California has also taken the lead in enacting legislation to address pay-for-delay deals at the state level. Assemblyman Jim Wood and Senator Melissa Melendez introduced AB 824, Preserving Access to Affordable Drugs, in February 2019. The bill was strongly guided and endorsed by AG Becerra.[21] The bill unanimously passed the Assembly Health Committee in March 2019, later passed the Assembly Judiciary Committee, and, after several amendments, was passed and signed by Governor Newsom in October 2019.[22] The law increases antitrust scrutiny of patent settlement agreements between branded and generic pharmaceutical manufacturers as well as innovator and biosimilar manufacturers.[23] More specifically, the law imposes a presumption of illegality, shifting the burden of proof from enforcers and plaintiffs to drug companies accused of anticompetitive behavior to show that the arrangement is not anticompetitive.[24] Any agreement that resolves or settles a patent infringement claim connected to the sale of a pharmaceutical product is presumed to have anticompetitive effects and is a violation of the law.[25] Such a presumption is to be made if:

A) a nonreference drug filer receives anything of value from another company asserting patent infringement, including, but not limited to, an exclusive license or promise that the brand company will not launch an authorized generic version of its brand drug; and B) the nonreference drug filer agrees to limit or forego research, development, manufacturing, marketing, or sales of the nonreference drug filer’s product for any period of time.[26]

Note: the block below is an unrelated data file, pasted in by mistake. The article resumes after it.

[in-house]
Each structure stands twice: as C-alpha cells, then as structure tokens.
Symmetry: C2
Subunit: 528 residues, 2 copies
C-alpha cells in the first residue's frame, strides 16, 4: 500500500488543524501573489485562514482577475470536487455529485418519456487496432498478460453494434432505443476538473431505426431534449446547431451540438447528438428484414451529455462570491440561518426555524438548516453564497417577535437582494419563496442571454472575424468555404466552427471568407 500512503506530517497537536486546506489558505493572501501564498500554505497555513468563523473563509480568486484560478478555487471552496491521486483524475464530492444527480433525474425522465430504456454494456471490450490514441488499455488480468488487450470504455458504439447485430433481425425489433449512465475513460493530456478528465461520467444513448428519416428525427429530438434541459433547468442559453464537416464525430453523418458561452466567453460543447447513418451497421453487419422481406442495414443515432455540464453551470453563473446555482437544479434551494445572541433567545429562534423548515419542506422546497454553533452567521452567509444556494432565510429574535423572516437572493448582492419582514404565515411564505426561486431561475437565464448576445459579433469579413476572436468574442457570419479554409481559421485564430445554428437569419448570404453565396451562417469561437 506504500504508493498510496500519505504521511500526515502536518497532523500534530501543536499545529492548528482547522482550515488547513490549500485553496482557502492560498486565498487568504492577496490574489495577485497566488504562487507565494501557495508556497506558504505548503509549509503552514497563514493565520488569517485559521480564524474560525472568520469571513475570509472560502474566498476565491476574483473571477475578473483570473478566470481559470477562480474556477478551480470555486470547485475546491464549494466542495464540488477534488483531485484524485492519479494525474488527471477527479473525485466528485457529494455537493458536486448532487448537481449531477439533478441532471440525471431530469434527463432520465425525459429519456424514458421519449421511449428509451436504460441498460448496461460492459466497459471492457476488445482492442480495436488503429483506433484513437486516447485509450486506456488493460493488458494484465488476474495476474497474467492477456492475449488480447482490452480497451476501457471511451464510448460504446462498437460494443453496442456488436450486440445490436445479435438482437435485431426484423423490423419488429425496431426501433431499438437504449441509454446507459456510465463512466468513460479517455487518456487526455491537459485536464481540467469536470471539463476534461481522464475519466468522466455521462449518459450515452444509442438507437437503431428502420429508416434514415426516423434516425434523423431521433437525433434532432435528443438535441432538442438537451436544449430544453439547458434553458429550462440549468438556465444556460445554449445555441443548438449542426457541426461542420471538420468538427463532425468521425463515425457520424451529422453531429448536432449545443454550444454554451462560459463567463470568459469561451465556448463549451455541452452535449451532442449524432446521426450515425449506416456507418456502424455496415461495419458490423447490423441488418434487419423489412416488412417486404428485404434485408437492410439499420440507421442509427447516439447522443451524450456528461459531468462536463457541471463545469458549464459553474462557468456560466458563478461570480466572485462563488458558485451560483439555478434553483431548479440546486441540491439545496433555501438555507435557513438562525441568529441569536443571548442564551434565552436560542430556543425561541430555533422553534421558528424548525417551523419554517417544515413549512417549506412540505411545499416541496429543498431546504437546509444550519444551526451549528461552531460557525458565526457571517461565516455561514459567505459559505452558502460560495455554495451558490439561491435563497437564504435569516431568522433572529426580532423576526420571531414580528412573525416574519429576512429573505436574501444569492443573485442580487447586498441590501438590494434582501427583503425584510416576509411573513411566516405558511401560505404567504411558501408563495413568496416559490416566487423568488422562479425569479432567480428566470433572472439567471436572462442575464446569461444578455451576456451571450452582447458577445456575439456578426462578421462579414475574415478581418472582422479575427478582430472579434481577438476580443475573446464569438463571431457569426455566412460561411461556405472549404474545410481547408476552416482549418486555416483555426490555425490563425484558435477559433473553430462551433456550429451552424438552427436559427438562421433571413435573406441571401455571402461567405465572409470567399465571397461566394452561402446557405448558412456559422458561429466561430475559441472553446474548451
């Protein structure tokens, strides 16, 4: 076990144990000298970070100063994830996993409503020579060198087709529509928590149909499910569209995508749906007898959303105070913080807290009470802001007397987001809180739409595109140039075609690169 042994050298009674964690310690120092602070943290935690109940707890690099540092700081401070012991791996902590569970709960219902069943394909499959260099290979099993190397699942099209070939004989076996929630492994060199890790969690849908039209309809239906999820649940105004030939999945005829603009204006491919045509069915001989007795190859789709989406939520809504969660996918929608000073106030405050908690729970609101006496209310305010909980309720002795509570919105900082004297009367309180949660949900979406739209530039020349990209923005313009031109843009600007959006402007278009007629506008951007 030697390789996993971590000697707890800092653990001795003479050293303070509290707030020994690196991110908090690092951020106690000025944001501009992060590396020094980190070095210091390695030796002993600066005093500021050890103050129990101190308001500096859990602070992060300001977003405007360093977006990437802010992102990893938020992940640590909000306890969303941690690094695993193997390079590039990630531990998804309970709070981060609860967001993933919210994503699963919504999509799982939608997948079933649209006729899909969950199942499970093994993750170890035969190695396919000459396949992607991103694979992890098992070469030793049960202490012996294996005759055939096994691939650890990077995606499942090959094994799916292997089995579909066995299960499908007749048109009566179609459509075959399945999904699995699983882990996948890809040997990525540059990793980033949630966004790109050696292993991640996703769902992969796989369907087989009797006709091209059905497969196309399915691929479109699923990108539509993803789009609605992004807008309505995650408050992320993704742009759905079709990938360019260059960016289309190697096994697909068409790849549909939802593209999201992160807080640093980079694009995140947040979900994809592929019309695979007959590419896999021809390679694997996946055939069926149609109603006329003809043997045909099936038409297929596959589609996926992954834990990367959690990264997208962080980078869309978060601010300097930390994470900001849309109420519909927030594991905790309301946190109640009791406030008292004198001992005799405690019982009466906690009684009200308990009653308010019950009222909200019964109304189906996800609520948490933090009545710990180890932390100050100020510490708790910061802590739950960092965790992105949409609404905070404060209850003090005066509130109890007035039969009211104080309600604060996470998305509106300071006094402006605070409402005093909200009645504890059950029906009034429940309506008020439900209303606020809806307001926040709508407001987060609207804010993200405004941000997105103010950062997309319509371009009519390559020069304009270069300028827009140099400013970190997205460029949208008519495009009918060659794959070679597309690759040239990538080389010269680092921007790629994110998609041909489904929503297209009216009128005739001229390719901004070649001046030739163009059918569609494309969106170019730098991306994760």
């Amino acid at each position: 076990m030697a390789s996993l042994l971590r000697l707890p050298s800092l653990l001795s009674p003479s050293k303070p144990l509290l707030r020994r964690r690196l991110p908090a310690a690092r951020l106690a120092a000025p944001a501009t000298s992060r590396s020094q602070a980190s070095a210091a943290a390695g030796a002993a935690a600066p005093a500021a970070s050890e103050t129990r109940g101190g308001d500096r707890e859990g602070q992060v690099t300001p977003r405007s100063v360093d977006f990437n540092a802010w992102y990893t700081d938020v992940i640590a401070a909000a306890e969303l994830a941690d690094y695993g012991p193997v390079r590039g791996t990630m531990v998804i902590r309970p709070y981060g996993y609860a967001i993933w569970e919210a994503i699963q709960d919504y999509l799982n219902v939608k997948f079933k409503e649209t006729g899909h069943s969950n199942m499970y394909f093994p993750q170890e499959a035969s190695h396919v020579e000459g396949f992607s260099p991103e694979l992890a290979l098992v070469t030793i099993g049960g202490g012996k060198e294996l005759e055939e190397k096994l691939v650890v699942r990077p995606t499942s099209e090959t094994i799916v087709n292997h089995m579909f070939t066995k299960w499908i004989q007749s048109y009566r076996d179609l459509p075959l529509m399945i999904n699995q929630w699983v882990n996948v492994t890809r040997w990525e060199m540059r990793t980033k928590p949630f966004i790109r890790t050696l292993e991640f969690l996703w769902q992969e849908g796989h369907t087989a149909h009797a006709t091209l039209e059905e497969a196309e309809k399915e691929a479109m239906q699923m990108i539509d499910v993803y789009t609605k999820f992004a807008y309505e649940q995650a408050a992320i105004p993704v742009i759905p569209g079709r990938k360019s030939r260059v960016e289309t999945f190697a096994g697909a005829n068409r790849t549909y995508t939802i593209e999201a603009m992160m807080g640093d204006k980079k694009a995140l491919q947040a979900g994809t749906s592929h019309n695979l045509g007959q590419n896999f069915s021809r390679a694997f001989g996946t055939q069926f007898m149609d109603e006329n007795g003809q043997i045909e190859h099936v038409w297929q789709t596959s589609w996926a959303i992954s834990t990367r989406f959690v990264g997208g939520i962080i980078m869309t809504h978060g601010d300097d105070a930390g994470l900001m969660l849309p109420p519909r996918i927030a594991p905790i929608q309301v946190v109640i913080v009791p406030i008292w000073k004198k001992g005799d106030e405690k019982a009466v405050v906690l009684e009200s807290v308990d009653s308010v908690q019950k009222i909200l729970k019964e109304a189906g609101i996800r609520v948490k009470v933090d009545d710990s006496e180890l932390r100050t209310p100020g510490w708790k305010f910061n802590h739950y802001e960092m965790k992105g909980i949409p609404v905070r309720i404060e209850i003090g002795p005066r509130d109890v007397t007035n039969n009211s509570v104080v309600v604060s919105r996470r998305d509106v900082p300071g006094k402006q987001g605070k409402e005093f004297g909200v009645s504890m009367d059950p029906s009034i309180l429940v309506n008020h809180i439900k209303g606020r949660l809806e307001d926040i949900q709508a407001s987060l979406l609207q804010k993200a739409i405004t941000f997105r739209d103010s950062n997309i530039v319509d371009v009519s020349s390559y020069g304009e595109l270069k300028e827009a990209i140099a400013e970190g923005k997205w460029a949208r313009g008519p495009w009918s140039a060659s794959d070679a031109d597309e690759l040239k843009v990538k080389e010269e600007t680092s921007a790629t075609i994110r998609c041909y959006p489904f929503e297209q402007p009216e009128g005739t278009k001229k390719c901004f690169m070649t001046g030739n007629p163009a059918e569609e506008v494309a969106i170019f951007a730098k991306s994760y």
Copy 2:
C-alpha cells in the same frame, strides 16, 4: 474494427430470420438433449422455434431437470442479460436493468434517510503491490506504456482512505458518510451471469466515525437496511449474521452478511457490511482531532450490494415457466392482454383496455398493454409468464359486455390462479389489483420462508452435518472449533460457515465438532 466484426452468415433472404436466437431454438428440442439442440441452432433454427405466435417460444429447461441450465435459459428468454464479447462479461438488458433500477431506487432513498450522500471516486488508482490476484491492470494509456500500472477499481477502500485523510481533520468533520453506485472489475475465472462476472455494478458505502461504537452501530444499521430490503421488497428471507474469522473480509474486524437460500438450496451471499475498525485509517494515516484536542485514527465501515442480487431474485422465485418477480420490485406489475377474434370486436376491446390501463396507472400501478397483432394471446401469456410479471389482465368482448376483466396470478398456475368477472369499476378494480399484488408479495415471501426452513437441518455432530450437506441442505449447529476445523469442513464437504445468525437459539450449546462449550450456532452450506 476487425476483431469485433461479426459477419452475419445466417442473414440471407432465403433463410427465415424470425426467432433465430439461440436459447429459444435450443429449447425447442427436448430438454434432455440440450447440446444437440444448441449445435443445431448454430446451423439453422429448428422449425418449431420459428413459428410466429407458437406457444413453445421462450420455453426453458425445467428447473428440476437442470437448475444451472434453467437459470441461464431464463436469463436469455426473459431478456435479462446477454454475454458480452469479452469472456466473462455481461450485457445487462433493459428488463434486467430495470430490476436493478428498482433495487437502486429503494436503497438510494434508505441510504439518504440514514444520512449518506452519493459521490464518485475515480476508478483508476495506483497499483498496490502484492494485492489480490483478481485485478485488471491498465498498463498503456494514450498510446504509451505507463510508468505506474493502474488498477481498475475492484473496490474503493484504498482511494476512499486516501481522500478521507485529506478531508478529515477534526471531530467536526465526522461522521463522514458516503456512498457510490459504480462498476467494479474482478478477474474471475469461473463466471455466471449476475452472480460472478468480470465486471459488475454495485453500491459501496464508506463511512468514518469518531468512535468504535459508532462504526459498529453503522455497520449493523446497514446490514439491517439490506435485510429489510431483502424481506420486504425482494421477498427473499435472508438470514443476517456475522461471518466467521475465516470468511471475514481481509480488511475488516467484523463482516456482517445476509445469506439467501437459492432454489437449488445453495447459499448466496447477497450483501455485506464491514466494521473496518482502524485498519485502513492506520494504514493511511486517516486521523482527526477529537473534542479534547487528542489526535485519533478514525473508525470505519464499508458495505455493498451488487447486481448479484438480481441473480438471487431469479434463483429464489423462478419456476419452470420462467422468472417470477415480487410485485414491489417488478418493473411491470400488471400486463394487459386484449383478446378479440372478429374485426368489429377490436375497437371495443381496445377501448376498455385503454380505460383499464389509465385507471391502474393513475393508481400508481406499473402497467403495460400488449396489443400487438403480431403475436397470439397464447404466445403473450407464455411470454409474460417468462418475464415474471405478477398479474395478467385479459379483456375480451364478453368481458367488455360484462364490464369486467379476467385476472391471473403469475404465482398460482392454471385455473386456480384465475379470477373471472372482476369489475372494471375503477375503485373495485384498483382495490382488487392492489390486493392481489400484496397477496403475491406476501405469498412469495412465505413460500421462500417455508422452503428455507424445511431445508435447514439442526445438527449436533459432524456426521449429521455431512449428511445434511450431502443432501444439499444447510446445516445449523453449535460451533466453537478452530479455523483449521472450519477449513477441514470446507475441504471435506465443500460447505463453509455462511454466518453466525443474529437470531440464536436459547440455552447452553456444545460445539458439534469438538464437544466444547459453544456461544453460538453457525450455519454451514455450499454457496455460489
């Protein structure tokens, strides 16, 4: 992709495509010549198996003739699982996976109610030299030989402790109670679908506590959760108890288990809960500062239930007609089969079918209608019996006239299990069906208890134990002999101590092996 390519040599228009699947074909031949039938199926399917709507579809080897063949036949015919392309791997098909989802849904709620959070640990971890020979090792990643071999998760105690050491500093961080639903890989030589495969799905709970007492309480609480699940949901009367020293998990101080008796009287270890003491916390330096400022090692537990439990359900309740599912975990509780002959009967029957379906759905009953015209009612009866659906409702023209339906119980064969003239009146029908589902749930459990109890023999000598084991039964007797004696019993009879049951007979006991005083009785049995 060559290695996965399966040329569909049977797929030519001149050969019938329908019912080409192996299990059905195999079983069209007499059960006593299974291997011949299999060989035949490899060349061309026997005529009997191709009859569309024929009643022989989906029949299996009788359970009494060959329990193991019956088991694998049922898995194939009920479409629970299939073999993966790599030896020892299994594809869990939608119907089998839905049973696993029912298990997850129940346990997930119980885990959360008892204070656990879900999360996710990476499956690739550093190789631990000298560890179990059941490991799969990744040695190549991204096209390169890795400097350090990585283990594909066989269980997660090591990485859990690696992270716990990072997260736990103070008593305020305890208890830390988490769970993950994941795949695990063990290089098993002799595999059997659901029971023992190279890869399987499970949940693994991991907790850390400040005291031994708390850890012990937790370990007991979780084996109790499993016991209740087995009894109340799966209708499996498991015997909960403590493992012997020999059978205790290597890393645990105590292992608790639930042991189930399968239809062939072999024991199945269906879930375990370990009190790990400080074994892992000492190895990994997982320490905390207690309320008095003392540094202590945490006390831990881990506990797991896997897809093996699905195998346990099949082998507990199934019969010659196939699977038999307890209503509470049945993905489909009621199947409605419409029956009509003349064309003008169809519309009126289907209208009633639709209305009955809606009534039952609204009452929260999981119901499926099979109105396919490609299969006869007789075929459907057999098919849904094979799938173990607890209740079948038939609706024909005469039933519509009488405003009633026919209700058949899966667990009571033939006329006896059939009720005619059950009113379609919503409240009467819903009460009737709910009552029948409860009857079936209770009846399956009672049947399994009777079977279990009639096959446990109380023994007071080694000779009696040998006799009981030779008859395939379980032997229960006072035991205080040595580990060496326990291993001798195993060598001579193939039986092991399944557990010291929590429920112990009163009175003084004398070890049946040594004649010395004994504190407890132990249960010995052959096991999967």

To rebut this presumption, parties to the agreement must show by a preponderance of evidence that either the value received by the nonreference drug filer is fair and reasonable solely for other goods or services that the nonreference drug filer agreed to provide or that the agreement has directly generated procompetitive benefits that outweigh the anticompetitive effects.[27] Prior to AB 824, plaintiffs and enforcing entities bore the burden of proof to show that the generic nonreference drug filer agreed to abstain from using the patented innovation and that an unexplained payment was exchanged from the brand drug company to the nonreference drug company.

The law excludes from the definition of “anything of value” a patent infringement settlement wherein the consideration granted by the brand or reference drug filer to the nonreference drug filer as part of the resolution or settlement consists of any one or more enumerated aspects. The full excerpt of the legislation, quoted below, demonstrates the specificity of the exclusion for “anything of value.” For purposes of AB 824, “anything of value” does not include the settlement of a claim for patent infringement in which consideration granted to the nonreference generic drug or biosimilar biologic filer by the brand reference product holder consists of one or more of the following: